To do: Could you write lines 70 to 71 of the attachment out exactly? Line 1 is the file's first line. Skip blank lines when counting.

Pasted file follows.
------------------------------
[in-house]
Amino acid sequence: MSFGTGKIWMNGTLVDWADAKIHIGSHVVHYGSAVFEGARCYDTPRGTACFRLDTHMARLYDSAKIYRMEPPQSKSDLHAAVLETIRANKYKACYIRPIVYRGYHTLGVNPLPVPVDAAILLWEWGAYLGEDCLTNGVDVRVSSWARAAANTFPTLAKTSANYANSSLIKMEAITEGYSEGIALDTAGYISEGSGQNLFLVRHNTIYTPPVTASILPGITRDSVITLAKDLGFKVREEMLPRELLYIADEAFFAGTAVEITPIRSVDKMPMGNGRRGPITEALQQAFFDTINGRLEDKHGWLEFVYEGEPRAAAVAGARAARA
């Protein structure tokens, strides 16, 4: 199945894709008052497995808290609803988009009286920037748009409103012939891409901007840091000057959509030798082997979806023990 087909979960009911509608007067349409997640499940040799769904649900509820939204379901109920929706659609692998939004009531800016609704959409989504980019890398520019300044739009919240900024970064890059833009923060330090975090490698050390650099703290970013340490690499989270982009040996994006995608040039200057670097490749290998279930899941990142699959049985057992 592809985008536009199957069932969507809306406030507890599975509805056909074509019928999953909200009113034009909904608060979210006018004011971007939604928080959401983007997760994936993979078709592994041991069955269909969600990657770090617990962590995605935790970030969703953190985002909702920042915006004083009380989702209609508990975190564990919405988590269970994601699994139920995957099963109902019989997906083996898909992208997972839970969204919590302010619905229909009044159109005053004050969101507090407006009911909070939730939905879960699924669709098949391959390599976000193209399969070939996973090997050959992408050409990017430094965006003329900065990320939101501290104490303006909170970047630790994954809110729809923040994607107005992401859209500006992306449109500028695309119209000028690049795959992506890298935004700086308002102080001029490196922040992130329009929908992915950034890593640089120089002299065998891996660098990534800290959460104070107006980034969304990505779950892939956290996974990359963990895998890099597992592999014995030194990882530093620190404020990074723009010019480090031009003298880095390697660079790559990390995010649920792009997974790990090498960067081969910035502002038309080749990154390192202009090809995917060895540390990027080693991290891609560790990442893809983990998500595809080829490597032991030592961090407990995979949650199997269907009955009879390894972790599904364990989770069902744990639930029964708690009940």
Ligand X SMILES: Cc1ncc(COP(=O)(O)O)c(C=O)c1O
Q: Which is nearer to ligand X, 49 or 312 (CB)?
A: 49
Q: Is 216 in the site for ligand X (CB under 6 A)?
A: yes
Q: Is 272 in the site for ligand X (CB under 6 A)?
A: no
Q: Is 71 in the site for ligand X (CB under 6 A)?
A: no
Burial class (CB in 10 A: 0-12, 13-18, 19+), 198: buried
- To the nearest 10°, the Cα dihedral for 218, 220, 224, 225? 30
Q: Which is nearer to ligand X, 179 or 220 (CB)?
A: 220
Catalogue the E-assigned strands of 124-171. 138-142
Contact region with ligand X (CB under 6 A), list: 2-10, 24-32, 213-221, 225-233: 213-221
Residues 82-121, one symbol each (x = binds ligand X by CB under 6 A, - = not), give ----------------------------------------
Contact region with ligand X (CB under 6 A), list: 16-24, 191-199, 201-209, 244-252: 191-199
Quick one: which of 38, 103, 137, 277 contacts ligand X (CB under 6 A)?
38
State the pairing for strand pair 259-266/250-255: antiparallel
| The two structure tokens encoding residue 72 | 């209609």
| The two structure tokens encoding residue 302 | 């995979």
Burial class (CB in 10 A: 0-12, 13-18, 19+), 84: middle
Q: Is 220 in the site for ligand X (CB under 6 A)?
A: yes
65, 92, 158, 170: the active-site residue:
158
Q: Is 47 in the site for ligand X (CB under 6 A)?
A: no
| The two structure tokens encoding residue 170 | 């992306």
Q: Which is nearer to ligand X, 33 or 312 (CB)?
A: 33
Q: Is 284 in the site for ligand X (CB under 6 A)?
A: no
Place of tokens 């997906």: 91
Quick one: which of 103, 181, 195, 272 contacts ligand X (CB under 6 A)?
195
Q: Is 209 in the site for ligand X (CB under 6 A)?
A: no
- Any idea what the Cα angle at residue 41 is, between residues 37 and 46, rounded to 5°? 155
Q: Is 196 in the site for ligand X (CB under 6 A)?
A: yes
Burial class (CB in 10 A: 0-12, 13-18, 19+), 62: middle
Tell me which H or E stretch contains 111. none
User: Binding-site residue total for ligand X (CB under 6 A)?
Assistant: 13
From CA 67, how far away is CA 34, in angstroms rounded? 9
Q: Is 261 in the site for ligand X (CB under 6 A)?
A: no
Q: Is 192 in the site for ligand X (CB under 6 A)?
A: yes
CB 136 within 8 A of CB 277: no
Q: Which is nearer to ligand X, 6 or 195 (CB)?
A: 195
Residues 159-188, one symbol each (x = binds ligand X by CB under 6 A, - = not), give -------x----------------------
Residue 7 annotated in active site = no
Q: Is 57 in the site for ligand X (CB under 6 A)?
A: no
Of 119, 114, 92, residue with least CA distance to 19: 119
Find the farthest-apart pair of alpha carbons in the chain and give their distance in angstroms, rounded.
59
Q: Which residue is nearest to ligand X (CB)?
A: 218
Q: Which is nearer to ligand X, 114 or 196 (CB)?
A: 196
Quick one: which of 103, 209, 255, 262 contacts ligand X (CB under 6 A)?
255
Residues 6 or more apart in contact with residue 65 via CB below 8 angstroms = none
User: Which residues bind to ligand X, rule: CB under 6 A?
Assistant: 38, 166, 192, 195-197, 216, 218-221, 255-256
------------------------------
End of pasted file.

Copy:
255
Residues 6 or more apart in contact with residue 65 via CB below 8 angstroms = none